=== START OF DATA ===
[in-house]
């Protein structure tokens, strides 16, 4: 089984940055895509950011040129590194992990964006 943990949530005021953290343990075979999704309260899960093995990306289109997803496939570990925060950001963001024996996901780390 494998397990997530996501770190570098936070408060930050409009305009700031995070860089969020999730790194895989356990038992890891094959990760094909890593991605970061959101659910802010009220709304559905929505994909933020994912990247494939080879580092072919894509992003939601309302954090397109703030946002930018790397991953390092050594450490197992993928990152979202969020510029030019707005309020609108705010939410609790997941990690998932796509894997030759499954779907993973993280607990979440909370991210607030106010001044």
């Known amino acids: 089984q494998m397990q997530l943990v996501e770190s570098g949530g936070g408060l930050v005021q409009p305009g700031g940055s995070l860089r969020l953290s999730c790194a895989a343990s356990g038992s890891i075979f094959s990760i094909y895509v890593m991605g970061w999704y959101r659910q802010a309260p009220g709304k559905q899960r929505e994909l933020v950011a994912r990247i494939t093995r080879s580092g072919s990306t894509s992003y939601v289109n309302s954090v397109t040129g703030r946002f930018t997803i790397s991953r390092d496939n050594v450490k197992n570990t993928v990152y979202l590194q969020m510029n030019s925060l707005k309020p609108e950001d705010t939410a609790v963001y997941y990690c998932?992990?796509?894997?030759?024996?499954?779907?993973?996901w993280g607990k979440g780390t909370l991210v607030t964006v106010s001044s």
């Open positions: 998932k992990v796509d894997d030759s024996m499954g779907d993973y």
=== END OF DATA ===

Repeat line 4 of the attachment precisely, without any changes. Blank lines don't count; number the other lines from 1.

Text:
């Open positions: 998932k992990v796509d894997d030759s024996m499954g779907d993973y």